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Snowcake

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I came across this problem in my private tutoring lessons today. I wanted my pupil to write down some sentences with the word whole.
I know it is possible to say:

the whole day
the whole morning etc.

However, what about this sentence?

You were a whole hour in the garden.

This sounds peculiar to me. Whole hour? Is it correct? If not, why not?

Besides, I was in doubt whether the order is right (place before time).

Can anyone help me along, please?

Thank you.

Snowcake
 
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engee30

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I'd go for:

You spent a/the whole hour in the garden.
You were in the garden (for) a/the whole hour.


To me, your sentence looks fine as well, but, as you pointed that out yourself, the order does not seem good.
:)
 

Neillythere

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I'm not a teacher, but, as a Brit, I'd agree fully with engee30.

I would, however, expect it to be followed by a comment such as:
"What on earth were you doing!"

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Snowcake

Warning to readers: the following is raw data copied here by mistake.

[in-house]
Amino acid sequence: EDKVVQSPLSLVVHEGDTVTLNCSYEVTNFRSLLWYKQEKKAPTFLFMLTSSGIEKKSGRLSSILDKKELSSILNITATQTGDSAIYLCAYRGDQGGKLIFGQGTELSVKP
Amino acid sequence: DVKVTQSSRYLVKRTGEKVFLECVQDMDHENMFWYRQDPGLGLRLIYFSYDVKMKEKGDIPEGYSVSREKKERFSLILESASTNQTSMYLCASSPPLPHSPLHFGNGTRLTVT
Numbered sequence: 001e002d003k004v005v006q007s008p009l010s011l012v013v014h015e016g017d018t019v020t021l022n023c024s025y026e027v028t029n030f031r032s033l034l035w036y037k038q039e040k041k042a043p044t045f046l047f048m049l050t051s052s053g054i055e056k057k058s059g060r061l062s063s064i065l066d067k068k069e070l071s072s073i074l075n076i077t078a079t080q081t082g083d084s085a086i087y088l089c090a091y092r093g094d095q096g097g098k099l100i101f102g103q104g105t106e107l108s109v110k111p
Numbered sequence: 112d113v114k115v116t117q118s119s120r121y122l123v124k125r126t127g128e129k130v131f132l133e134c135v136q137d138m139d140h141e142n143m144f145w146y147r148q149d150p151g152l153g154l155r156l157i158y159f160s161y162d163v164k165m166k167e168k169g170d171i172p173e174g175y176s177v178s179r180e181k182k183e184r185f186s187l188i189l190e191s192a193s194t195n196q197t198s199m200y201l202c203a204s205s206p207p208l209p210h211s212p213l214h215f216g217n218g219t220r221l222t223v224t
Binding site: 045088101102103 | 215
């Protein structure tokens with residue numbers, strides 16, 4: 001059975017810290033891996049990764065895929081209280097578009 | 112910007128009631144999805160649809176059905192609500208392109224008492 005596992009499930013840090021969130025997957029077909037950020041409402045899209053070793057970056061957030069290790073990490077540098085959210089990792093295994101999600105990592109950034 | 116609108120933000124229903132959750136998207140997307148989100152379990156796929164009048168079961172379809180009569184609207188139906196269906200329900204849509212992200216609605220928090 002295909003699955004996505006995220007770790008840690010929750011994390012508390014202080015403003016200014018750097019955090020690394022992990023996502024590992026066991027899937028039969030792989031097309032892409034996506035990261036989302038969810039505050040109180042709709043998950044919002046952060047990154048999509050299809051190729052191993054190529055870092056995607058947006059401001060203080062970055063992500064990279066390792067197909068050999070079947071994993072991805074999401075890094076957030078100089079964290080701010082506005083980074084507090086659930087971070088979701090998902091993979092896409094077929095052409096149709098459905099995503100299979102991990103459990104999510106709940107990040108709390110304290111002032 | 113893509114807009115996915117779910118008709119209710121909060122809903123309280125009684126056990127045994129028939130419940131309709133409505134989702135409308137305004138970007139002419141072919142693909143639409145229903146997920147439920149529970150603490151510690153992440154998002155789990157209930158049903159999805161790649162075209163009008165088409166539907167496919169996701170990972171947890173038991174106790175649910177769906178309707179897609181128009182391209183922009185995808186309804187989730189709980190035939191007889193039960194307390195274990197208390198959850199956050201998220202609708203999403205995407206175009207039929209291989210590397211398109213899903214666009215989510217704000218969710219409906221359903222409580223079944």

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Thank you so much. :-D

Sometimes it's so easy. :roll:;-)

Regards,
Snowcake
 

gybbyr

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I think the problem is that: "a whole day" feels meaningful, whereas "a whole hour" feels superfluous. I think you would simply say "an hour".

For example, " he spent a whole day sunbathing in the garden". And, "he spent an hour sunbathing in the garden".
 

gybbyr

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Sorry, but I am trying to suggest that it is a question of degree. For example, " he spent a whole hour doing something he should have finished in five minutes" sounds o.k, because you are showing that spending a whole hour doing this was excessive. I hope you see what I mean.
 

Snowcake

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Thank you, gybbyr. Yes, I see what you mean - and it's a very useful comment.:up:

Regards,
Snowcake
 

David L.

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Your were a whole hour in the bathroom! What about me!

Said by a brother to his teenage sister. Meaning: You hogged the bathroom!
 
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